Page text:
The agony of defeat and their season ending with it will be hard enough for the Blues to deal with tomorrow morning.
They don't need, then, to torture themselves more by wondering how it was they didn't win in Christchurch for the first time in 10 years when they dominated the game - all facets - for such long periods.
They can maybe pretend it was all down to the brilliance of one Daniel Carter pass. The old maestro was the difference - his ability to scoop his arms around the corner with eight minutes remaining to feed the bullocking Nemani Nadolo won the Crusaders the day.
But that wouldn't be the story of the night at all. The real story was that the Blues played well, very well, but didn't land the killer blow when they needed to.
Yes, the Crusaders offered an impressive defensive wall but, still, the Blues had possession and territory enough to have inflicted the damage and keep their season alive.
It was the little things that tripped them up in the end. Attention to detail is everything on these tense occasions, and it was intense.
There was little doubt that finals football had come early. The pace was frenetic and the tackling had bite. The cleanout from both teams was ferocious - barely a split second would pass before the scrap for the ball was full on.
And the Blues won much of those contests. They had dominance in the physical exchanges, apart from the scrums. But there at least they had a friend in referee Glen Jackson.
They could exert pressure but couldn't score points. It was a tough lesson to learn but learn it they will have to.
Other than a couple of maddening, low-return kicks near the Crusaders' line, the Blues got their game plan bang on.
They attacked around the breakdown with the legion of ball carriers they now have. It wasn't just one pass, thump-recycle, either. There was some neat off-loading and conscious decision-making to keep the ball-carrier up and set up the driving maul.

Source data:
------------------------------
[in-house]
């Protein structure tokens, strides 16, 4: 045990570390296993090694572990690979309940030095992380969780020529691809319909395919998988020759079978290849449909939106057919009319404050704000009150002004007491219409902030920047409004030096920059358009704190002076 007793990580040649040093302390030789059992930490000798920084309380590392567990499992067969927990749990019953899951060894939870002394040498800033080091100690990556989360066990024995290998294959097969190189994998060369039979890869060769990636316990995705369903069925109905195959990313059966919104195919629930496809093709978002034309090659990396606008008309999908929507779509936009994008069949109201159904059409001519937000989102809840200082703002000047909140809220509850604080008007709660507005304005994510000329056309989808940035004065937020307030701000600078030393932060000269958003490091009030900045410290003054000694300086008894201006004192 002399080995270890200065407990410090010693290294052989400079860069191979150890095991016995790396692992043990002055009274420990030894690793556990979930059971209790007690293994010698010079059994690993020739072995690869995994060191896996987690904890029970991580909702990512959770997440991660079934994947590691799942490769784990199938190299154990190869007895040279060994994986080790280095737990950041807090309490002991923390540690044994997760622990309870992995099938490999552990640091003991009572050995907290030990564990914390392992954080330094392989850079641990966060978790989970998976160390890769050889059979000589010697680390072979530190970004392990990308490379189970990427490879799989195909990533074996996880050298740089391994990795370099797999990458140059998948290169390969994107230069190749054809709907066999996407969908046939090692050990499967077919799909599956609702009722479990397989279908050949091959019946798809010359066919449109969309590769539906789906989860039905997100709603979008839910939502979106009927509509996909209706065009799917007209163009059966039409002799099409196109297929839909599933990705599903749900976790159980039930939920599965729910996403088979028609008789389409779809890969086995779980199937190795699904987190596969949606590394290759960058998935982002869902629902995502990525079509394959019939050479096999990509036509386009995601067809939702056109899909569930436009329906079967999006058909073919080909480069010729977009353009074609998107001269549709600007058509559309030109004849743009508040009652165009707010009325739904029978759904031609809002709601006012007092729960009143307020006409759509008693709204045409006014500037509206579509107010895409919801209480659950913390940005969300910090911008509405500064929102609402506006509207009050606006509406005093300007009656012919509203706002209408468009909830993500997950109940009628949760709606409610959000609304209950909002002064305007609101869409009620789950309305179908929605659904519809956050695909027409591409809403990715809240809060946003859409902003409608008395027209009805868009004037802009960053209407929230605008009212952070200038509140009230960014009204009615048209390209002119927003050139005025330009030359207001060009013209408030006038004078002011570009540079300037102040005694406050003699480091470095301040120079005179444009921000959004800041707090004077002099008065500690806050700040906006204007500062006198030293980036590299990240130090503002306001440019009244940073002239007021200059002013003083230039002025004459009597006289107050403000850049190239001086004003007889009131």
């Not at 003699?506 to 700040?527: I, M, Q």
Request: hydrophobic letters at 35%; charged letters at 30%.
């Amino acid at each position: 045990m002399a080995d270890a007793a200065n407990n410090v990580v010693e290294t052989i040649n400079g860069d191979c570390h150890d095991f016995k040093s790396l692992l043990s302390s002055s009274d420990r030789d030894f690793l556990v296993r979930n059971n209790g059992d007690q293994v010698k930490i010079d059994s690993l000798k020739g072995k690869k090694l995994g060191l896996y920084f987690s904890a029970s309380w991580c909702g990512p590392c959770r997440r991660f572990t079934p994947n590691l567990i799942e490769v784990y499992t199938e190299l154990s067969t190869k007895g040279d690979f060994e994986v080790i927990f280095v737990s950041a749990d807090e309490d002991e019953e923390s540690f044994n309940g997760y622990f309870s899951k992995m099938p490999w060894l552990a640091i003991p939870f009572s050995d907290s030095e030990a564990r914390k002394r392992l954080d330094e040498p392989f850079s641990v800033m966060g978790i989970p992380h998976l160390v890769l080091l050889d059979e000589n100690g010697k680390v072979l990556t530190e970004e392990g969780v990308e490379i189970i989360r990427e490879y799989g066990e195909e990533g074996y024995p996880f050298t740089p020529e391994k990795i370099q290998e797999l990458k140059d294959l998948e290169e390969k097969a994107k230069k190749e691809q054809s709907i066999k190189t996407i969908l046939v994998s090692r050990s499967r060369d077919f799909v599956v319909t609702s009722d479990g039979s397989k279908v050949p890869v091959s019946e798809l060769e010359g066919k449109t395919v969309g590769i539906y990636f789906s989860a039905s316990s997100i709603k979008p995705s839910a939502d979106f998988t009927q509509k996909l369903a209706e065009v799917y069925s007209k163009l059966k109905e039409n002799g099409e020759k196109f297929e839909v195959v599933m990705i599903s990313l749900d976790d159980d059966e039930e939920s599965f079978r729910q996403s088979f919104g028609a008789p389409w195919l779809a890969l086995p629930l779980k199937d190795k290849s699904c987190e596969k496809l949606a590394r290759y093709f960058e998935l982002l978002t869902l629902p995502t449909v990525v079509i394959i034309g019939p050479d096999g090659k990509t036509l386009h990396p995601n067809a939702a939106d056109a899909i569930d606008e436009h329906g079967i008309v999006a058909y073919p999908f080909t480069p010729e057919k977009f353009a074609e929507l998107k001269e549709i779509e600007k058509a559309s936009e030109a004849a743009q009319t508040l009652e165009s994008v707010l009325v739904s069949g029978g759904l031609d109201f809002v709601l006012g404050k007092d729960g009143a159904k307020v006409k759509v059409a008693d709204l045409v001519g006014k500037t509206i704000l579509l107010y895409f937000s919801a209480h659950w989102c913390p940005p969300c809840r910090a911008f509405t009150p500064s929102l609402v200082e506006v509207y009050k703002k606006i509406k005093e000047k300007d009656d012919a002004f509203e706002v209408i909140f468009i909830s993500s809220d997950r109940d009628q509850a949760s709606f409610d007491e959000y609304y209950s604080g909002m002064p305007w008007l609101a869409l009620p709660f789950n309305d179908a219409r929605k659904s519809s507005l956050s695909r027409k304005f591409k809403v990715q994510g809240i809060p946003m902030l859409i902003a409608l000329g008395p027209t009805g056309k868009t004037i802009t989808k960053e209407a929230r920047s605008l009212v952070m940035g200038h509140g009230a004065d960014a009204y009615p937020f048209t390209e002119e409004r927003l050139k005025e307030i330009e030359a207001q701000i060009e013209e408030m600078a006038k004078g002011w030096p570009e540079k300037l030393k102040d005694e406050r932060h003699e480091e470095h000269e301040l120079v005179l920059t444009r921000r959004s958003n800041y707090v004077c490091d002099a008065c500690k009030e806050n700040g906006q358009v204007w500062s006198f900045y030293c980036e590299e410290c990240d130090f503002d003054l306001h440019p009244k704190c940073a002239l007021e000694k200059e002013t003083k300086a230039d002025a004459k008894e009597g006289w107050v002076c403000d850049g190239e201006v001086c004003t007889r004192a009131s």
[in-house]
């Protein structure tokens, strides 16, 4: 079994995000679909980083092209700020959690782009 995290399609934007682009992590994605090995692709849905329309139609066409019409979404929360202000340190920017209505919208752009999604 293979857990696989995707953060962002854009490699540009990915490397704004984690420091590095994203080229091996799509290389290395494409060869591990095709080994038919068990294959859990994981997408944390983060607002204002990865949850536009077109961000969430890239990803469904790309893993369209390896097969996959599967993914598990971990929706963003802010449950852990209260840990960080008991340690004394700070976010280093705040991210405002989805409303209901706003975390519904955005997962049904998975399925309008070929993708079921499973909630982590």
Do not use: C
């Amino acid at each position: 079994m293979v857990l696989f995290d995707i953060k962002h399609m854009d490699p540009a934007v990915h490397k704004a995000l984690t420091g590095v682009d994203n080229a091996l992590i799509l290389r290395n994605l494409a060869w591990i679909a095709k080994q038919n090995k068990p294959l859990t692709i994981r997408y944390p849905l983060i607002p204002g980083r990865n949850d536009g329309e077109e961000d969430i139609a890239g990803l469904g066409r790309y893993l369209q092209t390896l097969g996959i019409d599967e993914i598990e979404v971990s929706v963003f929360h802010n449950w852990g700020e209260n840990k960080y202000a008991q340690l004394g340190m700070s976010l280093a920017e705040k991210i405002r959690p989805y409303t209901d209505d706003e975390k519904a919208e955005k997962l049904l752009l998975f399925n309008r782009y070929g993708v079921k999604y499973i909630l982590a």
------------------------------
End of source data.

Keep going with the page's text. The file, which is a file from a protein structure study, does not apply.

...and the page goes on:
And it all made perfect sense. Who really enjoys having to tackle Jerome Kaino? Or Steven Luatua? Or Charlie Faumuina, Patrick Tuipulotu and Keven Mealamu? Luke Braid was another willing runner and, although he's not in that same oversized category as the others, he twists and bumps and clocks impressive metres.
Defensively, they held their shape and nerve. The Crusaders used Carter's playmaking to bring Israel Dagg into play and he took the space outside Pita Ahki.
The thing was, though, Dagg wasn't the strike running threat. He was being used to stretch the defence and get the ball into the hands of Nemani Nadolo. It's taken the Fijian a bit of time to find his feet in Super Rugby, but he's definitely come good for the Crusaders.
There are some big wings in the world game - Julian Savea, George North, Alex Cuthbert, Tim Visser - but Nadolo is the daddy. He clattered down his flank a few times early in the game collecting Blues defenders on the way.
One of those was Frank Halai who, at 1.95m and 110kg, looked waif-like in comparison.Much of the Crusaders' planning and execution was smart enough - attack right to one touchline and then come left to get the ball to Nadolo in space.
And as the Blues discovered, with space, Nadolo is deadly.He did what the Blues couldn't - convert those half-chances.
Crusaders 21 (N. Nadolo 2 tries; C. Slade 2 pens; D. Carter pen, con) Blues 13 (F. Halai tries; I. West con, 2 pens). HT: 11-13.